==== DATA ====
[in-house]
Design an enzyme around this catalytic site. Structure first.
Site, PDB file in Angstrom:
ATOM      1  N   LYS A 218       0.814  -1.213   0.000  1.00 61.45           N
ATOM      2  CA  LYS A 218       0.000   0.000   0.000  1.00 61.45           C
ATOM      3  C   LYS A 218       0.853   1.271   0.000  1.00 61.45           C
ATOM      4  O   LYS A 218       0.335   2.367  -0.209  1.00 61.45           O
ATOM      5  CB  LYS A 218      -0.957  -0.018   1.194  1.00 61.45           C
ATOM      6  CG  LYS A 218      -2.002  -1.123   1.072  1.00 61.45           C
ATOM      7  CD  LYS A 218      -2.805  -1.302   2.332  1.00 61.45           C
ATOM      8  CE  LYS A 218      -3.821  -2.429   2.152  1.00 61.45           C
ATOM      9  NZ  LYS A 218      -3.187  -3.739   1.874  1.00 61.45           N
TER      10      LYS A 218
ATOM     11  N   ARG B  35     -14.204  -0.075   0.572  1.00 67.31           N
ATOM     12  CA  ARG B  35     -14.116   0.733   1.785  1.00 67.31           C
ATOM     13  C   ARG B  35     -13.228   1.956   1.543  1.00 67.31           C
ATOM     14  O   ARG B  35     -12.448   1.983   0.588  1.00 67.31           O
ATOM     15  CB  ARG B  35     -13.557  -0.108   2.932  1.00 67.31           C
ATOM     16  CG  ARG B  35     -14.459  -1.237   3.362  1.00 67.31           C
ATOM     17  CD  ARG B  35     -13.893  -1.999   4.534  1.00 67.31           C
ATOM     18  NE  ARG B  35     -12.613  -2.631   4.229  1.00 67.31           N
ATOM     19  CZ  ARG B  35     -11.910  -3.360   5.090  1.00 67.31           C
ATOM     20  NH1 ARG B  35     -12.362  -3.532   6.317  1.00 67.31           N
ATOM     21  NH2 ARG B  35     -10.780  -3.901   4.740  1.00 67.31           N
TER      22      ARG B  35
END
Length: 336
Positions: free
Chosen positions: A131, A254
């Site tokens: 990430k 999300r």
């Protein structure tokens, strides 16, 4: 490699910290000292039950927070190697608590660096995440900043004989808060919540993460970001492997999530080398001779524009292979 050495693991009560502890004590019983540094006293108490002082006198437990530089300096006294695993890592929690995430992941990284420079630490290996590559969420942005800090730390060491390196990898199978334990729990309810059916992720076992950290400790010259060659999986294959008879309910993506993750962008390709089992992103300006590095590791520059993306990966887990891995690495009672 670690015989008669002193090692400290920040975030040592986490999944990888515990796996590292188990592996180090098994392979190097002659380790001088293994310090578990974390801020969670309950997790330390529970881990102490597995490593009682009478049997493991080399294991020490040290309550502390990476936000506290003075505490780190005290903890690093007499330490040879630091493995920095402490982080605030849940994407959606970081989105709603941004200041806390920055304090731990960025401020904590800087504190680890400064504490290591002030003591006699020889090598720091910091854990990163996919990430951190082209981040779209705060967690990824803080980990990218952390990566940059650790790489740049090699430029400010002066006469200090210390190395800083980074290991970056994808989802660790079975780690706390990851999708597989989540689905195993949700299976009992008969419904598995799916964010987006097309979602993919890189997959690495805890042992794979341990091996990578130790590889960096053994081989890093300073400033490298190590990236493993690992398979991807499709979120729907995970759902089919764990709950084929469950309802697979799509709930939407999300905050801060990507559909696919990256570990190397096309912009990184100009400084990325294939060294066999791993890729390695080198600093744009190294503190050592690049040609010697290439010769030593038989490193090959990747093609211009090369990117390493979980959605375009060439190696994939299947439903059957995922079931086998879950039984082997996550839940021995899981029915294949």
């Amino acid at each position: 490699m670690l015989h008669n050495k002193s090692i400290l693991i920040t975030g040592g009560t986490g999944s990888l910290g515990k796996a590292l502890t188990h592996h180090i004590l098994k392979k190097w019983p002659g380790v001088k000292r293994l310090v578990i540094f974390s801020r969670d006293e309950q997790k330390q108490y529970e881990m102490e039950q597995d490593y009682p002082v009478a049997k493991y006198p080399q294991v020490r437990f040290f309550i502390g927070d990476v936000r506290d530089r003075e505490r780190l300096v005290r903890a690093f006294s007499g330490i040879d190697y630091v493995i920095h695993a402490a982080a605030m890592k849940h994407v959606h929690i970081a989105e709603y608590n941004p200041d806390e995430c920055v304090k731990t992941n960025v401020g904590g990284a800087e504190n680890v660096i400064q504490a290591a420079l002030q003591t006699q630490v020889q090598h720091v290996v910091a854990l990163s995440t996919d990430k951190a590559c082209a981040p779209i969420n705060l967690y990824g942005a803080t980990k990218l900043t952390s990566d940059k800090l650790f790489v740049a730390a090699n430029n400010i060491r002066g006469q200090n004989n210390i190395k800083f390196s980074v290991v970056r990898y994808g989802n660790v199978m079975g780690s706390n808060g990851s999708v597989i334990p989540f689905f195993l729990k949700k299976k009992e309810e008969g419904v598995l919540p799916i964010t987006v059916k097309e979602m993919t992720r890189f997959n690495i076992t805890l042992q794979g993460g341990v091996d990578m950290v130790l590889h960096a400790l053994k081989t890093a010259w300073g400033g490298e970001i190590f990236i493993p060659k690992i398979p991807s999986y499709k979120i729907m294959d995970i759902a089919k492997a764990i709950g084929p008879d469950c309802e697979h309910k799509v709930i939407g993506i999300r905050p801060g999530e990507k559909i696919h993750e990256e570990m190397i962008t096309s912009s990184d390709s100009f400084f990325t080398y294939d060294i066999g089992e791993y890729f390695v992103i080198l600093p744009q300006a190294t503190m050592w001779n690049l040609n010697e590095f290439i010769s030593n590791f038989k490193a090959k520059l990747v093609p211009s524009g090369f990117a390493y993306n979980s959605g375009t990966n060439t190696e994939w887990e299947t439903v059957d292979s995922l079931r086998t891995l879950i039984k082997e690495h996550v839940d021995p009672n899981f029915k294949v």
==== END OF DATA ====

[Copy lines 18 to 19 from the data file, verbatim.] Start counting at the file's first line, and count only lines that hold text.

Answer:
ATOM     15  CB  ARG B  35     -13.557  -0.108   2.932  1.00 67.31           C
ATOM     16  CG  ARG B  35     -14.459  -1.237   3.362  1.00 67.31           C